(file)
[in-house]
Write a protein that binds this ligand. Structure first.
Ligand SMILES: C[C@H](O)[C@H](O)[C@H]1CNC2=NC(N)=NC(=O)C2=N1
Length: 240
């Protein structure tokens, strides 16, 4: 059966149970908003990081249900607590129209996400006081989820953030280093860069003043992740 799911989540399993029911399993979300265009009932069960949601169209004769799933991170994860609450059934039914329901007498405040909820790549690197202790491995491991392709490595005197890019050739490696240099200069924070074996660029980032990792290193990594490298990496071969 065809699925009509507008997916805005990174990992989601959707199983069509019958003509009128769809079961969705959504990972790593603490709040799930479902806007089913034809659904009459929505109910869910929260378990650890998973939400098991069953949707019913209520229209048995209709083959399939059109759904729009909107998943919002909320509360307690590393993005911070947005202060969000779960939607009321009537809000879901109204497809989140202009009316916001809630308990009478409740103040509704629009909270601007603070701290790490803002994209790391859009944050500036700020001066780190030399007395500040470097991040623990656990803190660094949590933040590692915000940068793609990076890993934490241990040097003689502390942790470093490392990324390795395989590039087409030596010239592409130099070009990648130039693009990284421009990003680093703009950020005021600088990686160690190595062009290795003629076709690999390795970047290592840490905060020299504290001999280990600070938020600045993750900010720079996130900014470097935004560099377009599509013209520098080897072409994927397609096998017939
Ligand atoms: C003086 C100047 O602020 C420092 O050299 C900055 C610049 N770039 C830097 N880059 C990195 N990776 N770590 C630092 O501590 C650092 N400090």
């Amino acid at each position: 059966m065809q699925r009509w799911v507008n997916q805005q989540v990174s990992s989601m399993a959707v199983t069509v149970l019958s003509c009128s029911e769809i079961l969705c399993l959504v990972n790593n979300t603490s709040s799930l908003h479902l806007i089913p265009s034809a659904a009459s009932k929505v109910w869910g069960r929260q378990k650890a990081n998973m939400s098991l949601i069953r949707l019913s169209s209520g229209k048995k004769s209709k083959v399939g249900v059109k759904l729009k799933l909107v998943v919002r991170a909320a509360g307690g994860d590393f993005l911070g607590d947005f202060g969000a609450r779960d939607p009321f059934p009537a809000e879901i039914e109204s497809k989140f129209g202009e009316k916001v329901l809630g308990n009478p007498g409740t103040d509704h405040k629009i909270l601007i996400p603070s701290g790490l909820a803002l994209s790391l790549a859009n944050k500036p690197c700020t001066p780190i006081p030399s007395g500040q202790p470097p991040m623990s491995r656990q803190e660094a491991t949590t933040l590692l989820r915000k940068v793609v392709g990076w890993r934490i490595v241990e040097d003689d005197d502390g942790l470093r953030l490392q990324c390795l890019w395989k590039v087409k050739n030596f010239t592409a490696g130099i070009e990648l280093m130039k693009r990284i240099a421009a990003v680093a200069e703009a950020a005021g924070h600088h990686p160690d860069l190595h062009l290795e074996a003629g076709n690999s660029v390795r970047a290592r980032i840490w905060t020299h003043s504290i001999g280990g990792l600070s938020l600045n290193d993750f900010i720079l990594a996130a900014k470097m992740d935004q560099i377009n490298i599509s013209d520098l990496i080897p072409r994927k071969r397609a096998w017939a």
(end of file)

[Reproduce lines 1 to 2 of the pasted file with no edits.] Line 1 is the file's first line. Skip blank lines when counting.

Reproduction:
[in-house]
Write a protein that binds this ligand. Structure first.